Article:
The entire ruckus between Huawei and the United States of America has reached an all-time high. Amidst the constant back-and-forth between Huawei and the United States government, one thing is for certain: Huawei will continue to strive with or without the backing of everyone’s favourite president. With that said, Huawei has finally unveiled its first-ever operating system, the HarmonyOS.
It’s also known as Hongmeng in China, with its launch happening during the Huawei Developer Conference. With the monopolisation of both Android and iOS devices that make up the over-saturation of the market, Huawei is finally showing that it is a key player with its latest HarmonyOS.
As of right now, Huawei has ensured that this is just the beginning for its HarmonyOS. Its microkernel-based distributed operating system is considered to be multifaceted, capable of powering multiple devices. It will also be an open-source platform, which will further improve and encourage adoption from users who are not familiar.
When it does make its official debut sometime this year, HarmonyOS will power more than just your regular Huawei smartphone devices. CEO of Huawei’s consumer business group, Richard Yu has stated that HarmonyOS is “completely different from Android and iOS. “It is a microkernel-based, distributed OS that delivers a smooth experience across all scenarios. It has trustworthy and secure architecture, and it supports seamless collaboration across devices. You can develop your apps once, then flexibly deploy them across a range of different devices,” said Yu.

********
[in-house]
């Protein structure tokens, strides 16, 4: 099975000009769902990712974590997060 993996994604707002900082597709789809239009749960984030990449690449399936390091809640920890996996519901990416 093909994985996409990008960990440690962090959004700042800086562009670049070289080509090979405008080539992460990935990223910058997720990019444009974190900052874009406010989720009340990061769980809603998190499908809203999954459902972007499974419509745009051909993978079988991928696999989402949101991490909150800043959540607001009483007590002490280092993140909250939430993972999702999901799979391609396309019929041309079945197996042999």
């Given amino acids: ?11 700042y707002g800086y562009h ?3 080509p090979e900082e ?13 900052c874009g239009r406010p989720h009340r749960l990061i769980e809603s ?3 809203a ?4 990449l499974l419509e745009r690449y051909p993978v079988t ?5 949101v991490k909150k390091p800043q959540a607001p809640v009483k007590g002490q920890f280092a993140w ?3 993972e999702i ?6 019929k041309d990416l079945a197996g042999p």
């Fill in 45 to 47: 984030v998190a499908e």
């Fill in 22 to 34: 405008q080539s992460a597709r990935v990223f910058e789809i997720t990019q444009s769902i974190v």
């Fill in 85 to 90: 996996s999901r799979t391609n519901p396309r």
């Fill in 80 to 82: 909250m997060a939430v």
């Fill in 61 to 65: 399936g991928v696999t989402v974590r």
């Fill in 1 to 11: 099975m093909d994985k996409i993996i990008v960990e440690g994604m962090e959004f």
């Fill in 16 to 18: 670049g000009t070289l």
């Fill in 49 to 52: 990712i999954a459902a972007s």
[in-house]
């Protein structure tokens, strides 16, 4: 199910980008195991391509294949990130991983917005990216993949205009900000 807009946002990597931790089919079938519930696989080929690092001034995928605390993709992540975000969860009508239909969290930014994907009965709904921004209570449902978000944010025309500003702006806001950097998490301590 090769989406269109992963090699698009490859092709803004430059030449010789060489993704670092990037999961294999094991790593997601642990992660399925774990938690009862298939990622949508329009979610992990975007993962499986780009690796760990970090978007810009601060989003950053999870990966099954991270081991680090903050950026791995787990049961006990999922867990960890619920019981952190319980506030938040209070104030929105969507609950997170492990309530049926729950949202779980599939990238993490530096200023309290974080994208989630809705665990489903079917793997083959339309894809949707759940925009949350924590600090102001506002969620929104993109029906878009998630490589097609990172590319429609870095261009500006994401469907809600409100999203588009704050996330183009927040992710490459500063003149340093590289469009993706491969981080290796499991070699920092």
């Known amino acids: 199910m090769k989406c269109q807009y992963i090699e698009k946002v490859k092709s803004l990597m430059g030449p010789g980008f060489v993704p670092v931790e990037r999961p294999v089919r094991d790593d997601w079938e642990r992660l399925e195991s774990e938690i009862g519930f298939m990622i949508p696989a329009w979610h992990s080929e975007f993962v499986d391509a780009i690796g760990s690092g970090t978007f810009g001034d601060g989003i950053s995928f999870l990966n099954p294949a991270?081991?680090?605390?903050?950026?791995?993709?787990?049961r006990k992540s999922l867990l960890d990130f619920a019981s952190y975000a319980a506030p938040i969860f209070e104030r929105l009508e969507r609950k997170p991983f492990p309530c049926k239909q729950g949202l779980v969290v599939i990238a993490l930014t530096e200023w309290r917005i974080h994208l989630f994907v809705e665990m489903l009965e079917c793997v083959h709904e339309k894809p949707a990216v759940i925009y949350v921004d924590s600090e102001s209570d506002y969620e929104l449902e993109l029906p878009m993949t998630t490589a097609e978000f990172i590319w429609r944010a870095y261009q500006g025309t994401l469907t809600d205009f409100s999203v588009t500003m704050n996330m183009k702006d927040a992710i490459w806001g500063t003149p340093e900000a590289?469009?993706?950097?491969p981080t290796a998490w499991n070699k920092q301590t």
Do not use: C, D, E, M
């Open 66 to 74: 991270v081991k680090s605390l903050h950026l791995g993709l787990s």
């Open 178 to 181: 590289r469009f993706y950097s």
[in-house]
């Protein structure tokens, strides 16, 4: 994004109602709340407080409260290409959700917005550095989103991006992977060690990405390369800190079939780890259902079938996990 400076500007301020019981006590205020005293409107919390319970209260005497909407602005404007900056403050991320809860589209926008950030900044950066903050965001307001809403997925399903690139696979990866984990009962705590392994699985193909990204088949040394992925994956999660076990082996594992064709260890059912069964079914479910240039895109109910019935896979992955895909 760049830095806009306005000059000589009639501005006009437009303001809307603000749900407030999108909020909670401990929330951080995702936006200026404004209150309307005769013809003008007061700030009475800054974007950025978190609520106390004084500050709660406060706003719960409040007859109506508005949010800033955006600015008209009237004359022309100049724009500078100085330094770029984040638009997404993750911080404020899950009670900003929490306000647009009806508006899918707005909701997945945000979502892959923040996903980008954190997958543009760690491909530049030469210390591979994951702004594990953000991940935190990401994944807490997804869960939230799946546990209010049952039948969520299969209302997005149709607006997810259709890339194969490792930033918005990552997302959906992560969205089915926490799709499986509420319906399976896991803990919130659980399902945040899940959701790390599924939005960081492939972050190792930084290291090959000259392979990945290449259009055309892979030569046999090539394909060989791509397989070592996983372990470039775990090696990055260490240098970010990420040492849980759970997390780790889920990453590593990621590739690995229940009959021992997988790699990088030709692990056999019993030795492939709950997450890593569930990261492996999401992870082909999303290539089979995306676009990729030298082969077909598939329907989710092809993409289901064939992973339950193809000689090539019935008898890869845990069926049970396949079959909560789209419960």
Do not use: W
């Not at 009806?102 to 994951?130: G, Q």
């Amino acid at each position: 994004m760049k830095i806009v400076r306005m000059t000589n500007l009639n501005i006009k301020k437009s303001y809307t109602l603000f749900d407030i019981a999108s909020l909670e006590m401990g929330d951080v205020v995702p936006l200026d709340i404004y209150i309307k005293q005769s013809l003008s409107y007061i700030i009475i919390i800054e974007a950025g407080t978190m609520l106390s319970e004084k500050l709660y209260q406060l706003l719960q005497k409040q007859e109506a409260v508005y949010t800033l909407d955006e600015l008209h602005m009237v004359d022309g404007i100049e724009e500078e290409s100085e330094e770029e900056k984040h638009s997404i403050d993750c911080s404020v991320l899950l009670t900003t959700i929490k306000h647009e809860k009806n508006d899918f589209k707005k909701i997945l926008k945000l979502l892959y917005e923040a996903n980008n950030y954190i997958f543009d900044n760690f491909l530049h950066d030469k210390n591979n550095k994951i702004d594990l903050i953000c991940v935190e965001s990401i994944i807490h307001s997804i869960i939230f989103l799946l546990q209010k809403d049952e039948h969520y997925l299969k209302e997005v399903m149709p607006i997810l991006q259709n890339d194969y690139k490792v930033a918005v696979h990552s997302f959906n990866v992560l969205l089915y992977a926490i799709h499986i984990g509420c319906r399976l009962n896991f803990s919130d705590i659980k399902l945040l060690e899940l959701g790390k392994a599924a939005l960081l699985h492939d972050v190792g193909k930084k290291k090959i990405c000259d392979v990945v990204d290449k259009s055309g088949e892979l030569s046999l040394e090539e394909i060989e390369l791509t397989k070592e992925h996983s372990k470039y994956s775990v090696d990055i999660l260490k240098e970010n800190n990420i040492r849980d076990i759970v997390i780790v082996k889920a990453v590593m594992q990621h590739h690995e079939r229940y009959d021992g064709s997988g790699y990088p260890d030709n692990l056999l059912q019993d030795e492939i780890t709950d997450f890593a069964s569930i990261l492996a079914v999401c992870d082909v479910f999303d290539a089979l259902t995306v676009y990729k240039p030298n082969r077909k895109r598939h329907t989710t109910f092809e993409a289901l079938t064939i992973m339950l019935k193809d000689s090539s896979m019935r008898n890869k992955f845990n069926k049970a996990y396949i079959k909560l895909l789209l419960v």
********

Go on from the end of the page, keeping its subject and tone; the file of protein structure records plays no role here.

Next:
It has since been stated that HarmonyOS will also be for Internet of Things devices, much like Google’s experimental Fuchsia operating system. This means that other devices like wearables, smart displays, and smart speakers will be able to fully utilise what HarmonyOS has to offer. However, one downside to HarmonyOS is that it still isn’t readily available yet. This means that Huawei will still be using the Android operating systems for its smartphones, for now.
And ICYMI, Huawei also went one step further, calling out Android on its redundant codes, outdated scheduling mechanism, and general issues altogether.
While it still remains to be seen on what Huawei’s proprietary HarmonyOS is capable of, the future is looking bright for the Chinese tech giant.